Great Spaces: a pair of empty nesters trade their spacious Rosedale home for a bright condo in Summerhill
In the 1990s, Joe Gonda and Christine Turner lived in a 6,000-square-foot Rosedale home with five children—four from Turner’s first marriage, one from Gonda’s. When the kids headed off to university, the couple downsized to a 3,500-square-foot house nearby. But that soon felt too big as well. “There were empty bedrooms, and we never went to the third floor other than to look for the cat,” Turner says.
In 2004 they moved again, to a brand-new 1,700-square-foot condo in Summerhill. The 10th-floor space is just big enough for the two of them, who often work from home (he’s a York University philosophy professor, and she’s an executive coach). They hired Barbara Munn and David Neff of Yorkville Design Centre to turn it into a funky pad, giving the partners free rein except for one major thing: colour. Gonda and Turner were adamant that there be lots of it. Sunny yellow walls with elegant crown mouldings, saffron curtains and a high-gloss coral kitchen—all are a dramatic change from their previous houses. The couple started buying vibrant paintings and prints 20 years ago, but the muted earth tones of their Rosedale home didn’t do the art justice. Over the years, their tastes became bolder and brighter, until their unreserved style exploded here. “We always wanted to amp up the visual decibels,” Gonda says. “Now we finally have.”
The couches and chairs were purchased at Ridpath’s in the ’80s. They used to be off-white and pale blue, but they got a radical makeover for Gonda and Turner’s new home.
The couple bought this still life in the Place des Vosges during their first trip to Paris together, in 1991. It’s signed “Tondu,” but they’re doubtful that it’s a genuine work by the famed French artist.
The ceramic rain boots are from Quintessence Designs on Yonge Street. Gonda and Turner bought the larger pair because it matched the room’s colour palette. The smaller pair was a gift from Gonda’s son.
The ceilings are light pink instead of white, a subtle trick to highlight the way the sun catches the yellow walls.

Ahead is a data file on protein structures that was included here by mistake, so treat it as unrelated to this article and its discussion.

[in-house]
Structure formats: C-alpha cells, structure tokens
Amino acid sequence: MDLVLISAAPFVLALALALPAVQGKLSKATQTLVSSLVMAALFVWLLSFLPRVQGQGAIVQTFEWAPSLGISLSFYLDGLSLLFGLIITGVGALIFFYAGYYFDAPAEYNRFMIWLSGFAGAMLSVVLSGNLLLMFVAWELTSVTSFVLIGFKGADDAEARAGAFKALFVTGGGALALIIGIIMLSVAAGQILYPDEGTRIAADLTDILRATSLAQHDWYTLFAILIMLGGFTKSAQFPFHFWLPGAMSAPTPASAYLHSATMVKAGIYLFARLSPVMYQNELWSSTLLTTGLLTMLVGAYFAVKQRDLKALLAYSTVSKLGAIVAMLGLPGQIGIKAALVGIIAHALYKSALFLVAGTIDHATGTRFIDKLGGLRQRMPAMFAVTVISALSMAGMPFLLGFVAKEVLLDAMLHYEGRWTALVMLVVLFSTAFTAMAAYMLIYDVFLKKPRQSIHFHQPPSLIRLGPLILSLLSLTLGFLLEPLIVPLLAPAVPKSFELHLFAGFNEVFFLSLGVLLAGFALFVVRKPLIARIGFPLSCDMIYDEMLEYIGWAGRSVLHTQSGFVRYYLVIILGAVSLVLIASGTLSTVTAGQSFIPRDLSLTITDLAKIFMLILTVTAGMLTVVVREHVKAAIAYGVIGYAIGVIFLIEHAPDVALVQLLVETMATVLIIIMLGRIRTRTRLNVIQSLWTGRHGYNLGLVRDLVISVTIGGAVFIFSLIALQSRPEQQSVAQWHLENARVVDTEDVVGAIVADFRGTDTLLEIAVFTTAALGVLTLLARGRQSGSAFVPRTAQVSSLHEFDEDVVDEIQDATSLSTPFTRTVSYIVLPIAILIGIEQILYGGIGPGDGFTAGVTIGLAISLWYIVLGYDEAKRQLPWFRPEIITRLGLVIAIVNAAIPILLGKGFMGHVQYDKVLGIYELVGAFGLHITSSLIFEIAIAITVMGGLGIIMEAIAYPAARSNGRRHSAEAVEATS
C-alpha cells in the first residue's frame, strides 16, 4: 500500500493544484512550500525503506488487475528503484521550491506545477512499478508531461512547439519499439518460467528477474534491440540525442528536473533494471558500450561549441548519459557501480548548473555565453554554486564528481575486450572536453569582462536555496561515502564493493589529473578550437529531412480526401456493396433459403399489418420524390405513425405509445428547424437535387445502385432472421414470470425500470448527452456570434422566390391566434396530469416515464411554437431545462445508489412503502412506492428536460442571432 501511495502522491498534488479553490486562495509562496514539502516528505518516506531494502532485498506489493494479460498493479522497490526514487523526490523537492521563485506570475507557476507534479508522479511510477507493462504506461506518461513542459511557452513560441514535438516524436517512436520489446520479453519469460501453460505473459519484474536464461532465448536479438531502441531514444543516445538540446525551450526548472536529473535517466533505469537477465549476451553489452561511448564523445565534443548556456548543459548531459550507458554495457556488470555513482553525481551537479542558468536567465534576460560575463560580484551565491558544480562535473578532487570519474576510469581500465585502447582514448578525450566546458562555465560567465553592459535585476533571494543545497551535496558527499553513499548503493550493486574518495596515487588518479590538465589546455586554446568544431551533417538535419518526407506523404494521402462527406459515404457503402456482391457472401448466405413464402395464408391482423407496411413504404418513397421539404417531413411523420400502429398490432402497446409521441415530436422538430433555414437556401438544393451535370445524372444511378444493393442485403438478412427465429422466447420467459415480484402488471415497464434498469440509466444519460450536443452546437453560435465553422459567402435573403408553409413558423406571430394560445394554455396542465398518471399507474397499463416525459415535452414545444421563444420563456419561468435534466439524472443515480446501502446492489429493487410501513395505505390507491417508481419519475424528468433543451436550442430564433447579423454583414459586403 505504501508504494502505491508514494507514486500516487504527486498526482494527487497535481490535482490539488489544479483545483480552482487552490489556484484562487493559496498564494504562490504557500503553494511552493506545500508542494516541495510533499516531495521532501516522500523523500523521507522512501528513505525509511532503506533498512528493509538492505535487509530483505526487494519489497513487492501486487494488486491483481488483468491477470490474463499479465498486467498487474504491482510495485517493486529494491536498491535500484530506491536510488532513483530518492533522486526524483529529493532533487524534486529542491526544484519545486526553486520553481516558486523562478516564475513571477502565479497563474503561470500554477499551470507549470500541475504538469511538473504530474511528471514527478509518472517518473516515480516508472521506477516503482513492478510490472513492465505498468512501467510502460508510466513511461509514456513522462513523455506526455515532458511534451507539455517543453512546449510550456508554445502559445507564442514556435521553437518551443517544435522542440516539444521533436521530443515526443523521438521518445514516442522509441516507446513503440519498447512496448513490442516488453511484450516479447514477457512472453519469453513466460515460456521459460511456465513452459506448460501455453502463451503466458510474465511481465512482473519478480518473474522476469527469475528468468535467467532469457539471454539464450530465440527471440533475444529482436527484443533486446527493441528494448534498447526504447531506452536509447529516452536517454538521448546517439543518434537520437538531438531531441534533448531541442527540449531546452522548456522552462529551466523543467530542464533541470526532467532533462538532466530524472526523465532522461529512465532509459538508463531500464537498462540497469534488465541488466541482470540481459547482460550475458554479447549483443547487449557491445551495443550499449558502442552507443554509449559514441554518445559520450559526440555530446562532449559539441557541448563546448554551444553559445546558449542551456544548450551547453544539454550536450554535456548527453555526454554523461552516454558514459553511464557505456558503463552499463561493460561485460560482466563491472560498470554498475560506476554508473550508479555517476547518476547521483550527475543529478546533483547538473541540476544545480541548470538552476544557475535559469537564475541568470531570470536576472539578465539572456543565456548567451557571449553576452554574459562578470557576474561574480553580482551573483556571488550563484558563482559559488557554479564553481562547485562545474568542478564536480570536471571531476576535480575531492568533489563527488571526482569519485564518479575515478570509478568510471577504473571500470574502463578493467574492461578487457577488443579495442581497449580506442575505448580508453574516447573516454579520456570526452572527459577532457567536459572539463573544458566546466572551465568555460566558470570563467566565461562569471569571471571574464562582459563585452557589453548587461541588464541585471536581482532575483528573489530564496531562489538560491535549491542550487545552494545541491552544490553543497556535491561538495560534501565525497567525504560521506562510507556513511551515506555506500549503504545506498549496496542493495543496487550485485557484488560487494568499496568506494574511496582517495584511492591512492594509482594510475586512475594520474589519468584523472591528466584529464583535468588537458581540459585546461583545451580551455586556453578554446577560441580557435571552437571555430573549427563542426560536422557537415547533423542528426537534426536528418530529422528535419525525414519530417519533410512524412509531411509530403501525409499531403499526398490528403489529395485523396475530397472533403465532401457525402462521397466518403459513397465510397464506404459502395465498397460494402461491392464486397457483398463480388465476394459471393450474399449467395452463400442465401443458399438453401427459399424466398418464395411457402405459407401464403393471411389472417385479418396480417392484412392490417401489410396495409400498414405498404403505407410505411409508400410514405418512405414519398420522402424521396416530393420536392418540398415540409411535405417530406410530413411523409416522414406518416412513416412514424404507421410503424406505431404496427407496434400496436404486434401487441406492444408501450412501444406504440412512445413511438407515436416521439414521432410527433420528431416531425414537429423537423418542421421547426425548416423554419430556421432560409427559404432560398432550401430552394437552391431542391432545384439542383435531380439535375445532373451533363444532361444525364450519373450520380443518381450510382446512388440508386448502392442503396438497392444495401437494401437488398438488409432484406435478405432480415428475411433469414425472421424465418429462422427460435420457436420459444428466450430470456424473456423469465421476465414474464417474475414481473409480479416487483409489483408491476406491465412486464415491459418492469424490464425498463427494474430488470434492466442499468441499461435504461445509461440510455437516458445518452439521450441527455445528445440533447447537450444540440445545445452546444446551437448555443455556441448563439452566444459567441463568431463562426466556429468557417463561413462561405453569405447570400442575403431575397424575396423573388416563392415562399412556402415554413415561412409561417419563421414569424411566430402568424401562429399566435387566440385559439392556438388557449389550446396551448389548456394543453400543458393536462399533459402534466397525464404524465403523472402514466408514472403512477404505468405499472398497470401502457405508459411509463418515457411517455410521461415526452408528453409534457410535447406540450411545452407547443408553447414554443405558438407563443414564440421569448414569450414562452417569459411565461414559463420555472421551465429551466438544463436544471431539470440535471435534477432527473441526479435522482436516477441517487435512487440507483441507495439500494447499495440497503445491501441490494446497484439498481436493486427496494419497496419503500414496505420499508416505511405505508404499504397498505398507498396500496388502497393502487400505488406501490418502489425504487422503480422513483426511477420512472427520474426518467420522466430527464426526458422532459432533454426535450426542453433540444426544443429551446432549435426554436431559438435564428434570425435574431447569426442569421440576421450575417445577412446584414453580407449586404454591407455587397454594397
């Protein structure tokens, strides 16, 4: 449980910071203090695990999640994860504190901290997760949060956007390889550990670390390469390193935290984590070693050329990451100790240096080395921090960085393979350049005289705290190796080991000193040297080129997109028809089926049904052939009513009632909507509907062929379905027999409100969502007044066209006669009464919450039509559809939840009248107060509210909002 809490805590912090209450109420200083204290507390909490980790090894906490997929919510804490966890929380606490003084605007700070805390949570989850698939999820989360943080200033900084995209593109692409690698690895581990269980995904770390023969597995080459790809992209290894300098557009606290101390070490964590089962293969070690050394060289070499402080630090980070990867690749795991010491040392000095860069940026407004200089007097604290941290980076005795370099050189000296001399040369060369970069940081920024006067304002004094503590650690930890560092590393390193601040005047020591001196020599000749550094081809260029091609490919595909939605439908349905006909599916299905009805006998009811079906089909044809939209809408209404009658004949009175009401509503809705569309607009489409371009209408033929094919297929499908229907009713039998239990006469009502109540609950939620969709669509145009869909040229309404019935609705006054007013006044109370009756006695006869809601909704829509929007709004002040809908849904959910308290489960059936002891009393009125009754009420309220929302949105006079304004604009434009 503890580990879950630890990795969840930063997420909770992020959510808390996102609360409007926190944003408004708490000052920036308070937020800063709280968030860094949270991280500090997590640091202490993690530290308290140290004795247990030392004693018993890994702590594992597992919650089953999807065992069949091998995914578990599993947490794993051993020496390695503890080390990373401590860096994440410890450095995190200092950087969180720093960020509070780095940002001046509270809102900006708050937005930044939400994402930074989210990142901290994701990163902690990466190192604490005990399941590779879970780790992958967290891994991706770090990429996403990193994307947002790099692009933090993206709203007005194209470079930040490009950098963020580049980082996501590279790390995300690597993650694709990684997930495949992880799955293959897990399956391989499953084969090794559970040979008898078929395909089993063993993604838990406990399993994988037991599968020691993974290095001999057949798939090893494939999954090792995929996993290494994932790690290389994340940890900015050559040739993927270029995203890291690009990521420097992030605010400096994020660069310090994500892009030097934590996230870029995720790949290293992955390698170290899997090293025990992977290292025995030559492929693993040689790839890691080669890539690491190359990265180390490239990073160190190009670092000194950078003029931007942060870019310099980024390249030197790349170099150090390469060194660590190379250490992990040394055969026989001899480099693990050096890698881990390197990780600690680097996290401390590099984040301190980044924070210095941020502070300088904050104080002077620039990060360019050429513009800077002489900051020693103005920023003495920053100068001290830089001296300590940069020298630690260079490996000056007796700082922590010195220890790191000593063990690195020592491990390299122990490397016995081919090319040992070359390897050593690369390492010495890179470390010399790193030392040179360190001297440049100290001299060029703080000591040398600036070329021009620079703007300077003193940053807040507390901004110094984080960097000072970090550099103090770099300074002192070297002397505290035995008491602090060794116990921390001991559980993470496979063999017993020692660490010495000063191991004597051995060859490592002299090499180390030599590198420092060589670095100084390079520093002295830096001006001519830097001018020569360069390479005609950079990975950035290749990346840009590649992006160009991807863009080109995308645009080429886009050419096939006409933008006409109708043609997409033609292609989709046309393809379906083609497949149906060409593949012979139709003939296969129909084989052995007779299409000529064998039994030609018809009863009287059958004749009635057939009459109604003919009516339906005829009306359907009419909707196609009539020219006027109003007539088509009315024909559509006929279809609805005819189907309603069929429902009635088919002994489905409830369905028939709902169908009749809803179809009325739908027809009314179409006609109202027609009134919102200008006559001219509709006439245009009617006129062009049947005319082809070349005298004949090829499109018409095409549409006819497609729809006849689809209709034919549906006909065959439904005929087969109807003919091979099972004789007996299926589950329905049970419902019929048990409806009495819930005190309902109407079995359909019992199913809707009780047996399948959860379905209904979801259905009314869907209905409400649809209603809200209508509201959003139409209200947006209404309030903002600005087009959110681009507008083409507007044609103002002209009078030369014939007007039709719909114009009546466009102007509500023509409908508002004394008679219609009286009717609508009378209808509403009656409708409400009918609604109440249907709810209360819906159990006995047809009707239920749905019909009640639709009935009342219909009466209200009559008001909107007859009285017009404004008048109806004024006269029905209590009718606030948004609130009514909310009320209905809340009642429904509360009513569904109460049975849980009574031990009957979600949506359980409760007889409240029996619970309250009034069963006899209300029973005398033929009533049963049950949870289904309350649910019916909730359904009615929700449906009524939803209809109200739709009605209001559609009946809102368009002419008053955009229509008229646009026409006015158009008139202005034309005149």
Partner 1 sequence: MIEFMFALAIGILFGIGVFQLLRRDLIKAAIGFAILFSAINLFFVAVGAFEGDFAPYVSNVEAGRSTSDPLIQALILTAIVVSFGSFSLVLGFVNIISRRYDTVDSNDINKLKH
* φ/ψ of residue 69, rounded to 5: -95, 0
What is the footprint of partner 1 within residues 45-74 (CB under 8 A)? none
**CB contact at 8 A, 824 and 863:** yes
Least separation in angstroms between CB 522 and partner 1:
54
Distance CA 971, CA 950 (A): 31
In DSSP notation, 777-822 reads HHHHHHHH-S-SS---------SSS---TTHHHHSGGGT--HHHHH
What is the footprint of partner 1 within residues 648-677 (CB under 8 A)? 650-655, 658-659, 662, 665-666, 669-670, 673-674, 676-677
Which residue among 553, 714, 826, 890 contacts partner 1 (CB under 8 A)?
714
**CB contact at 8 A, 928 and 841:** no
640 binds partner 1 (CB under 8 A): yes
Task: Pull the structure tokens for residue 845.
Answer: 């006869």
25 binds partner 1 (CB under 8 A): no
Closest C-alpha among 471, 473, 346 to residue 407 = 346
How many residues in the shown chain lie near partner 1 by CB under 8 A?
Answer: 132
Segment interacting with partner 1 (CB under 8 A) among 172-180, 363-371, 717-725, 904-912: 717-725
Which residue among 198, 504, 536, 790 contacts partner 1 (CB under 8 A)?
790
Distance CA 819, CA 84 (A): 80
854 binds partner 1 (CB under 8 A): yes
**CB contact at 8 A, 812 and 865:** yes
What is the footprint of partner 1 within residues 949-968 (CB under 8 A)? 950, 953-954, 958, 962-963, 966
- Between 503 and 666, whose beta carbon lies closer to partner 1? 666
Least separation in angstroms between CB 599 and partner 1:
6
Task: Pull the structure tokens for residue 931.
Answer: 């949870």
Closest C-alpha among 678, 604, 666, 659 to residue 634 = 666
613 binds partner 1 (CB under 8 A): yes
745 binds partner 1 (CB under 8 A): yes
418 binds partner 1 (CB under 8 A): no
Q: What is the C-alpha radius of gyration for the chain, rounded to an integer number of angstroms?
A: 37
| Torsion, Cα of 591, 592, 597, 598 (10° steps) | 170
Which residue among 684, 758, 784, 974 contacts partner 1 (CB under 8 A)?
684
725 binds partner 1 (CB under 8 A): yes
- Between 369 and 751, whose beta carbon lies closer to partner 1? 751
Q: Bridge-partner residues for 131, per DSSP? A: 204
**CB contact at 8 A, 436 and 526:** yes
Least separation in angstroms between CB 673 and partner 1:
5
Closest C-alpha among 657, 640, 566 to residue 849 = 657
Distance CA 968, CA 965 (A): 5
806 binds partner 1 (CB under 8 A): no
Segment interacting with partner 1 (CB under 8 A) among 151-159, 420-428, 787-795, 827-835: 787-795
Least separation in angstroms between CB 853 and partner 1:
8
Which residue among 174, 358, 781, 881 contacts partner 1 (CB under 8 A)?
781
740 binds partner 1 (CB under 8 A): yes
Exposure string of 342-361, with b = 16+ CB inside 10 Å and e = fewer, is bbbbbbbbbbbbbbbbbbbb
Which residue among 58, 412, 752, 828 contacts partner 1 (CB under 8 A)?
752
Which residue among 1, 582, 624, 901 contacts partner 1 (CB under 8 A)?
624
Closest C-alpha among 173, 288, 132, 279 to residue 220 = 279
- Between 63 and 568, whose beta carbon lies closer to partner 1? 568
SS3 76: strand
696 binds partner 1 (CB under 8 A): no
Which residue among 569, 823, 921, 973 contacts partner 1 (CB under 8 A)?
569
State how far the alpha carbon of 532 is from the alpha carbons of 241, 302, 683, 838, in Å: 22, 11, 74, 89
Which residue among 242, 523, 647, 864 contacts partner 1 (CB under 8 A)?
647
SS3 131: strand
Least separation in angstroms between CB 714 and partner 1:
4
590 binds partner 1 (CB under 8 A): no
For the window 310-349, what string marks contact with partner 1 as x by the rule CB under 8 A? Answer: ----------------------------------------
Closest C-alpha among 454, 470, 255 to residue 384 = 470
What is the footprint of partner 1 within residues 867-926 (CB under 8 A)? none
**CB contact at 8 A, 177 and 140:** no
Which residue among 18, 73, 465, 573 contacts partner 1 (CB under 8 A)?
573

The couple owns several ceramics by the local artist Hugo Quattrocchi, including this vase and artichoke. They met Quattrocchi when he owned a store on Roxborough, and they fell for his bright colours and patterns.
A friend gave Gonda this mounted Socrates cigar box about 30 years ago. Gonda refers to Socrates as his “patron saint” because they both specialize in philosophy.
The photojournalist Andrew Testa took this photograph in Kosovo on December 31, 1999. Gonda saw it in the New York Times and was enchanted by it. He tracked Testa down and told the artist he didn’t care how much it cost—he had to have the photo. Gonda eventually paid £250 for it.
Gonda and Turner bought this colourful Bonnici painting in the ’90s. “It was almost like we were buying a vision of how we’d be living in the future,” Turner says.
The couple picked up the corner chair at an antique store a few years ago. It’s raw silk, and Gonda calls it his “tuffet.” They keep it in the foyer for slipping on boots.
Designer Barbara Munn picked out the coral cabinets from Downsview Kitchen. They complement the glass-tiled backsplash, which shimmers like fish scales when the light hits it.
Munn found the saffron fabric for the bedroom drapes to match a swatch Gonda and Turner brought back from Nice, where they spent four months in 2003.